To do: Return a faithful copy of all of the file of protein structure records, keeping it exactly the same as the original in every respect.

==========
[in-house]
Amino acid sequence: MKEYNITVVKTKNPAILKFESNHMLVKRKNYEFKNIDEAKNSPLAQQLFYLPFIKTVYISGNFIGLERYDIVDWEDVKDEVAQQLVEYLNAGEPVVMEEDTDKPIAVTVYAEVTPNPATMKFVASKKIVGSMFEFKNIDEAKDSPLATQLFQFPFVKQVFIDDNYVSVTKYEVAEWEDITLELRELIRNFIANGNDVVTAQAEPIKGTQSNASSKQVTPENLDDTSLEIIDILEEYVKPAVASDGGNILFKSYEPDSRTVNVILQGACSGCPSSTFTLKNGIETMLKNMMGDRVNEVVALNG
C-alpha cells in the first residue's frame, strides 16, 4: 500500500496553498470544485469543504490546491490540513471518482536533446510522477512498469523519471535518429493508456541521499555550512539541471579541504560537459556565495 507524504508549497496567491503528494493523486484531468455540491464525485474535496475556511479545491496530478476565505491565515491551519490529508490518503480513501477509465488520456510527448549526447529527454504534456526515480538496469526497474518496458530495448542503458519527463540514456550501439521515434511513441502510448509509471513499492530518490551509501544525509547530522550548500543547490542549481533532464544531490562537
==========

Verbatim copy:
[in-house]
Amino acid sequence: MKEYNITVVKTKNPAILKFESNHMLVKRKNYEFKNIDEAKNSPLAQQLFYLPFIKTVYISGNFIGLERYDIVDWEDVKDEVAQQLVEYLNAGEPVVMEEDTDKPIAVTVYAEVTPNPATMKFVASKKIVGSMFEFKNIDEAKDSPLATQLFQFPFVKQVFIDDNYVSVTKYEVAEWEDITLELRELIRNFIANGNDVVTAQAEPIKGTQSNASSKQVTPENLDDTSLEIIDILEEYVKPAVASDGGNILFKSYEPDSRTVNVILQGACSGCPSSTFTLKNGIETMLKNMMGDRVNEVVALNG
C-alpha cells in the first residue's frame, strides 16, 4: 500500500496553498470544485469543504490546491490540513471518482536533446510522477512498469523519471535518429493508456541521499555550512539541471579541504560537459556565495 507524504508549497496567491503528494493523486484531468455540491464525485474535496475556511479545491496530478476565505491565515491551519490529508490518503480513501477509465488520456510527448549526447529527454504534456526515480538496469526497474518496458530495448542503458519527463540514456550501439521515434511513441502510448509509471513499492530518490551509501544525509547530522550548500543547490542549481533532464544531490562537